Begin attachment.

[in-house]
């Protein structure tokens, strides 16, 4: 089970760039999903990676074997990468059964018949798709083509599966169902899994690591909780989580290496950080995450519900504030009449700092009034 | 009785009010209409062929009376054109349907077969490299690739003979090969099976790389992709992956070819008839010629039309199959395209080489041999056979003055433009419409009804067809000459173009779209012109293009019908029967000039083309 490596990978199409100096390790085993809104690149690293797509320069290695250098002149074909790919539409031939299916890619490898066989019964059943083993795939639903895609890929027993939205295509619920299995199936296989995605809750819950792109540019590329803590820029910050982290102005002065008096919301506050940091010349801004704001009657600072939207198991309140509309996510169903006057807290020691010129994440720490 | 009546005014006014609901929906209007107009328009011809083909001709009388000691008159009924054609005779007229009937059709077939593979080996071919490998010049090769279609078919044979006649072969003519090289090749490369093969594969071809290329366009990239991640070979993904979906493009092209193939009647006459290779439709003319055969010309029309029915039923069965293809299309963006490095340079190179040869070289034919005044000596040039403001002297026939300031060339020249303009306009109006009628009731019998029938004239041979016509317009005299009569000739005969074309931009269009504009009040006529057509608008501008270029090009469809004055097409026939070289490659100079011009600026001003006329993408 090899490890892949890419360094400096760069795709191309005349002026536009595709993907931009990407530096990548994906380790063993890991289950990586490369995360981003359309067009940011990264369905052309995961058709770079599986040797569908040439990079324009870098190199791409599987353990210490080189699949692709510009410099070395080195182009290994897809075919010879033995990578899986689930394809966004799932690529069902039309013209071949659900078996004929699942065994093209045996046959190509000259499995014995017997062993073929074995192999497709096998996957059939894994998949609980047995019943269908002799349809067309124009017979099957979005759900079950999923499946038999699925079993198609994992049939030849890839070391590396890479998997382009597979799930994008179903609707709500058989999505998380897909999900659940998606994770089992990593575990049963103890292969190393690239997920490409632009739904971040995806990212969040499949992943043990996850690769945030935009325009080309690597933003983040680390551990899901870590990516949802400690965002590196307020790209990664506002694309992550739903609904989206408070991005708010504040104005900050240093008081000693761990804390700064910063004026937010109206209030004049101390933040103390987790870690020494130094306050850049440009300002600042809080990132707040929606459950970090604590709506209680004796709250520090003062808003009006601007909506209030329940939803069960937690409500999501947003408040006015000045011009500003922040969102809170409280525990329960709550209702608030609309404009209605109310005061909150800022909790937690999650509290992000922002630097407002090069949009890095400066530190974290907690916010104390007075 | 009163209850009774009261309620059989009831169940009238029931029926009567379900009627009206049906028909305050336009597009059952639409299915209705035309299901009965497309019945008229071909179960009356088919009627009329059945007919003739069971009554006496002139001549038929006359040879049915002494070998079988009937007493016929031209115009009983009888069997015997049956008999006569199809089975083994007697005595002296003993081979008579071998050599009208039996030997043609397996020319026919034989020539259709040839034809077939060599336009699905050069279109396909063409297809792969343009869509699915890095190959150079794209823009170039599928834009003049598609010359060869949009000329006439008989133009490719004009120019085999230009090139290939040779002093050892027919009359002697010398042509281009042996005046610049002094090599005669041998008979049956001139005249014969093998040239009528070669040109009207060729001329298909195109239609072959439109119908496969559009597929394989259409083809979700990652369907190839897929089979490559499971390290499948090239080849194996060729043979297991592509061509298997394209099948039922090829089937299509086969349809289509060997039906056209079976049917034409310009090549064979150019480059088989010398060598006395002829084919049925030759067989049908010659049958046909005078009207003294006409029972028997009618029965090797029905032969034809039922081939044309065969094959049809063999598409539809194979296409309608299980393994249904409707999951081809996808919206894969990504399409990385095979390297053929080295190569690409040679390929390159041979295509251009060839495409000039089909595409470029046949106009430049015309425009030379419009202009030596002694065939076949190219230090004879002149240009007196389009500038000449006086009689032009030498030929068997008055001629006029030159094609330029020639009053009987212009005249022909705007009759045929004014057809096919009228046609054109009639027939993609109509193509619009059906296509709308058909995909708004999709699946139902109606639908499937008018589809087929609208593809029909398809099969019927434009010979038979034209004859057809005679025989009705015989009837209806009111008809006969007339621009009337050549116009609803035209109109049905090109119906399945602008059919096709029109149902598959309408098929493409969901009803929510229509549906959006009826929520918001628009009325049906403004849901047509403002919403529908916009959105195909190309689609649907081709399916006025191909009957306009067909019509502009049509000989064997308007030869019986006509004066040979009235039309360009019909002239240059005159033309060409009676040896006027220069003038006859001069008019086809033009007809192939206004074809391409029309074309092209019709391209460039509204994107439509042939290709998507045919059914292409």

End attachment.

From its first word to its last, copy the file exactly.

[in-house]
């Protein structure tokens, strides 16, 4: 089970760039999903990676074997990468059964018949798709083509599966169902899994690591909780989580290496950080995450519900504030009449700092009034 | 009785009010209409062929009376054109349907077969490299690739003979090969099976790389992709992956070819008839010629039309199959395209080489041999056979003055433009419409009804067809000459173009779209012109293009019908029967000039083309 490596990978199409100096390790085993809104690149690293797509320069290695250098002149074909790919539409031939299916890619490898066989019964059943083993795939639903895609890929027993939205295509619920299995199936296989995605809750819950792109540019590329803590820029910050982290102005002065008096919301506050940091010349801004704001009657600072939207198991309140509309996510169903006057807290020691010129994440720490 | 009546005014006014609901929906209007107009328009011809083909001709009388000691008159009924054609005779007229009937059709077939593979080996071919490998010049090769279609078919044979006649072969003519090289090749490369093969594969071809290329366009990239991640070979993904979906493009092209193939009647006459290779439709003319055969010309029309029915039923069965293809299309963006490095340079190179040869070289034919005044000596040039403001002297026939300031060339020249303009306009109006009628009731019998029938004239041979016509317009005299009569000739005969074309931009269009504009009040006529057509608008501008270029090009469809004055097409026939070289490659100079011009600026001003006329993408 090899490890892949890419360094400096760069795709191309005349002026536009595709993907931009990407530096990548994906380790063993890991289950990586490369995360981003359309067009940011990264369905052309995961058709770079599986040797569908040439990079324009870098190199791409599987353990210490080189699949692709510009410099070395080195182009290994897809075919010879033995990578899986689930394809966004799932690529069902039309013209071949659900078996004929699942065994093209045996046959190509000259499995014995017997062993073929074995192999497709096998996957059939894994998949609980047995019943269908002799349809067309124009017979099957979005759900079950999923499946038999699925079993198609994992049939030849890839070391590396890479998997382009597979799930994008179903609707709500058989999505998380897909999900659940998606994770089992990593575990049963103890292969190393690239997920490409632009739904971040995806990212969040499949992943043990996850690769945030935009325009080309690597933003983040680390551990899901870590990516949802400690965002590196307020790209990664506002694309992550739903609904989206408070991005708010504040104005900050240093008081000693761990804390700064910063004026937010109206209030004049101390933040103390987790870690020494130094306050850049440009300002600042809080990132707040929606459950970090604590709506209680004796709250520090003062808003009006601007909506209030329940939803069960937690409500999501947003408040006015000045011009500003922040969102809170409280525990329960709550209702608030609309404009209605109310005061909150800022909790937690999650509290992000922002630097407002090069949009890095400066530190974290907690916010104390007075 | 009163209850009774009261309620059989009831169940009238029931029926009567379900009627009206049906028909305050336009597009059952639409299915209705035309299901009965497309019945008229071909179960009356088919009627009329059945007919003739069971009554006496002139001549038929006359040879049915002494070998079988009937007493016929031209115009009983009888069997015997049956008999006569199809089975083994007697005595002296003993081979008579071998050599009208039996030997043609397996020319026919034989020539259709040839034809077939060599336009699905050069279109396909063409297809792969343009869509699915890095190959150079794209823009170039599928834009003049598609010359060869949009000329006439008989133009490719004009120019085999230009090139290939040779002093050892027919009359002697010398042509281009042996005046610049002094090599005669041998008979049956001139005249014969093998040239009528070669040109009207060729001329298909195109239609072959439109119908496969559009597929394989259409083809979700990652369907190839897929089979490559499971390290499948090239080849194996060729043979297991592509061509298997394209099948039922090829089937299509086969349809289509060997039906056209079976049917034409310009090549064979150019480059088989010398060598006395002829084919049925030759067989049908010659049958046909005078009207003294006409029972028997009618029965090797029905032969034809039922081939044309065969094959049809063999598409539809194979296409309608299980393994249904409707999951081809996808919206894969990504399409990385095979390297053929080295190569690409040679390929390159041979295509251009060839495409000039089909595409470029046949106009430049015309425009030379419009202009030596002694065939076949190219230090004879002149240009007196389009500038000449006086009689032009030498030929068997008055001629006029030159094609330029020639009053009987212009005249022909705007009759045929004014057809096919009228046609054109009639027939993609109509193509619009059906296509709308058909995909708004999709699946139902109606639908499937008018589809087929609208593809029909398809099969019927434009010979038979034209004859057809005679025989009705015989009837209806009111008809006969007339621009009337050549116009609803035209109109049905090109119906399945602008059919096709029109149902598959309408098929493409969901009803929510229509549906959006009826929520918001628009009325049906403004849901047509403002919403529908916009959105195909190309689609649907081709399916006025191909009957306009067909019509502009049509000989064997308007030869019986006509004066040979009235039309360009019909002239240059005159033309060409009676040896006027220069003038006859001069008019086809033009007809192939206004074809391409029309074309092209019709391209460039509204994107439509042939290709998507045919059914292409």